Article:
I never thought that the "M" in MGA meant "Monochrome", as in Monochrome Graphics Adapter but it presumably does.  Epson couldn't use "Hercules" in the product's name because Hercules is trademarked.  Actually, it doesn't stand for "Monochrome" but "Multimode"  I also thought that the memory chips were 16Kx1 bit chips given the markings of MB81416, but these are 64Kx1 bit chips.  Standard CGA cards have eight 16Kx1 bit chips while standard Hercules cards have eight 64Kx1 bit chips.  Since this card has 64KB of video RAM, it should be fully compatible with Hercules software.

There is no parallel port on this card or a header to add one, but there is parallel port circuitry in this card and it will take up LPT1/3BCH, so if you want to use a parallel port with this card, set it to LPT2/378H.

Since I had unexpectedly discovered that I had a Hercules Graphics-compatible card that could fit inside my Tandy 1000s, I sought to determine whether it would work with my older 1000s.  The TL, SL and RL series all have Hercules Graphics built-in, so whether the card worked in those machines was unimportant.  Whether it would work in a SX or TX was a question I had never determined for myself.

Fortunately, this card works in SX and TX, but you need to set Dip Switch 1 to Off in both systems so that the systems will initialize the monochrome display on bootup.   Otherwise, you will not see any text until you type the DOS command MODE MONO.  IBM advised in a dual MDA/CGA setup to set the startup display to the MDA to avoid damaging the monochrome monitor.  If you only have one display, you will be typing that text in the dark.  The card won't disable the built in Tandy Graphics Mode because Tandy and Hercules do not really conflict with each other.  If set to the CGA mode, the Epson card will disable the built-in Tandy Graphics Adapter.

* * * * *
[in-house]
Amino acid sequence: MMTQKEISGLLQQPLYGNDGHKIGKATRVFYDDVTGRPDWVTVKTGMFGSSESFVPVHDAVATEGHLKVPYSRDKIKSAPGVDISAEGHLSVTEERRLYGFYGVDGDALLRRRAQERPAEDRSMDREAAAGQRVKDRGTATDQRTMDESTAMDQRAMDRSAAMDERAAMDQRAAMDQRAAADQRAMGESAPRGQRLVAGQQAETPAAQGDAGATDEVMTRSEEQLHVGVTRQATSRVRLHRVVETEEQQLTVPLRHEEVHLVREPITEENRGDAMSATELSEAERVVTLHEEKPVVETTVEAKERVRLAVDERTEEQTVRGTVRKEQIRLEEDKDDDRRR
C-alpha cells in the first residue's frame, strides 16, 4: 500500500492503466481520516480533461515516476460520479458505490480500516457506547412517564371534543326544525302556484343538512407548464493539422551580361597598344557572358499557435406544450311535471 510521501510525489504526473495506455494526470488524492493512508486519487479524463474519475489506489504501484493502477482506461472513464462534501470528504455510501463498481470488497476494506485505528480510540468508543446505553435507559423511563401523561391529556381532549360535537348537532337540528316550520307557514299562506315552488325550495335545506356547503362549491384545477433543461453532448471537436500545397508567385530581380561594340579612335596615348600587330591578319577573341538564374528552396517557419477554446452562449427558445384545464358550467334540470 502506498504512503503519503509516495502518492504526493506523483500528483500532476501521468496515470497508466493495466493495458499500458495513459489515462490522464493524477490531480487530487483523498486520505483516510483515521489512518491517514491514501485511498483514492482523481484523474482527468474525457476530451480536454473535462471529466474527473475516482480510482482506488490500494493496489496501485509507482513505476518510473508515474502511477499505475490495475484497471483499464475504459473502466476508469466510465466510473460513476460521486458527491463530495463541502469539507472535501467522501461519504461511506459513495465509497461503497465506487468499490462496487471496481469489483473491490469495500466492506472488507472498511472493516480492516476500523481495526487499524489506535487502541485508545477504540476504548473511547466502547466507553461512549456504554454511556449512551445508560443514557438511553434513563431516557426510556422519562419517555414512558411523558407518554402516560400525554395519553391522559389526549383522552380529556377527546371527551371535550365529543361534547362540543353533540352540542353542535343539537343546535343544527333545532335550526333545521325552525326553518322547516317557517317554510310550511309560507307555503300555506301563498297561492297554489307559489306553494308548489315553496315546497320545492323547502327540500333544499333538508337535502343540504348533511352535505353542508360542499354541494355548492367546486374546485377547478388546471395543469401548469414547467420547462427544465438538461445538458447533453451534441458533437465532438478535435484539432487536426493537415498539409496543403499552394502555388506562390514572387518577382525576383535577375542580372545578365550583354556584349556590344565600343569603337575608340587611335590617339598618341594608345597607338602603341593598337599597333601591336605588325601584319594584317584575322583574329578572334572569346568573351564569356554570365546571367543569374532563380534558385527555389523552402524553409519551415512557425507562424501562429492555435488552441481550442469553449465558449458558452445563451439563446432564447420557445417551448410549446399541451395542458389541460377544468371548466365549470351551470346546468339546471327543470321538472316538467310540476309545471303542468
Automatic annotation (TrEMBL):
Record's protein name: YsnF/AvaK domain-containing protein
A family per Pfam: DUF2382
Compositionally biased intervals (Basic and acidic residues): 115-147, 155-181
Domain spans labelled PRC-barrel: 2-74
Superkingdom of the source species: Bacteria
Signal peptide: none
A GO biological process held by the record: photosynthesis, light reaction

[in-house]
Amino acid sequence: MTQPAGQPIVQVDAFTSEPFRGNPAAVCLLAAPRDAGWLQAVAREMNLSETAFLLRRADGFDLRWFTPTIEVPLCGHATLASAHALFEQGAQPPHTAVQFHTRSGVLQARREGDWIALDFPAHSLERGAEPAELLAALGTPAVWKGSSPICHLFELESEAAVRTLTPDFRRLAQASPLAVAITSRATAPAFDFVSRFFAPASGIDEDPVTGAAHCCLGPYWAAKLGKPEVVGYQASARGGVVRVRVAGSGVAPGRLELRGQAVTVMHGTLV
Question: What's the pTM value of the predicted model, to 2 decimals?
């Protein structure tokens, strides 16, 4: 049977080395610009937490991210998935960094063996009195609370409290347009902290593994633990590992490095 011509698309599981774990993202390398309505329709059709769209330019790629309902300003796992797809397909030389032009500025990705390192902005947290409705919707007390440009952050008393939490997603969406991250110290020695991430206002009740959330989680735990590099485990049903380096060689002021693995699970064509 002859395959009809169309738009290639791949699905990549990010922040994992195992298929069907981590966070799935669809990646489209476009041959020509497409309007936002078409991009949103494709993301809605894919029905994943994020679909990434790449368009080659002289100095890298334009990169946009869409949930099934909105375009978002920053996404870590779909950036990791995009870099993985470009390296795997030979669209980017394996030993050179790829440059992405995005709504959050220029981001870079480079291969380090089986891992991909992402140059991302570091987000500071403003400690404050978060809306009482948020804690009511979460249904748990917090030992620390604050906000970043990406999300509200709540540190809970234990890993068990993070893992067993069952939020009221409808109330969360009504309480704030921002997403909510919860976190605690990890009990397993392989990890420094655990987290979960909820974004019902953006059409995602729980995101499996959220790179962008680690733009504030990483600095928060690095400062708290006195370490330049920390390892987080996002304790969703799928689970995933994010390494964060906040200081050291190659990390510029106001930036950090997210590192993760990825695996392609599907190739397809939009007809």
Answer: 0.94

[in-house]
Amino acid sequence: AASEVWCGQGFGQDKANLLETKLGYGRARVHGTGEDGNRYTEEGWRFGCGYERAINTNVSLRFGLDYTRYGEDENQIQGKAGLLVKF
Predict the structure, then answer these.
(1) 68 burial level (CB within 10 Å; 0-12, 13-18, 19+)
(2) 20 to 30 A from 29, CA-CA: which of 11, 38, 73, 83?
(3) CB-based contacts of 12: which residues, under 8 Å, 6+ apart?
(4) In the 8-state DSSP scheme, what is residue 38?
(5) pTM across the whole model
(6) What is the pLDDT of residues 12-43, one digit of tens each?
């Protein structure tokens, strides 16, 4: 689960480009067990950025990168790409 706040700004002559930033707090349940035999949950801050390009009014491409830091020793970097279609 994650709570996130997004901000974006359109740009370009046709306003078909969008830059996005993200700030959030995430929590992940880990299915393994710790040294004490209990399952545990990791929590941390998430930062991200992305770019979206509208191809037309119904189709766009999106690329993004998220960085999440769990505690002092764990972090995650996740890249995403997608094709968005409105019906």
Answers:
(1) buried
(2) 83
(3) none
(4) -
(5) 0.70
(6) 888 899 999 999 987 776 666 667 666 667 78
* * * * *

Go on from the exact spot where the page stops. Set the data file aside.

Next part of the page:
The card will work alongside the Tandy Graphics Adapter in monochrome mode, although given that Tandy does not have snow, this is of less importance than with a CGA card.   It works as well as the Hercules support in the late Tandy's otherwise.  Unlike a Tandy TL, SL or RL, you can use the Hercules card alongside the built-in Tandy Graphics Adapter for dual-monitor support.   You may see some interesting colors and patterns on the Tandy monitor when using Hercules graphics because the memory areas of each overlap.  I would avoid a software reset with a Hercules card unless Dip Switch 1 is set to Off or the BIOS may fail to fully initialize either adapter correctly.  A hardware reset does not have any such problem. I am pleased to discover that the Epson MGA Q205A is a much more interesting card than it first appears.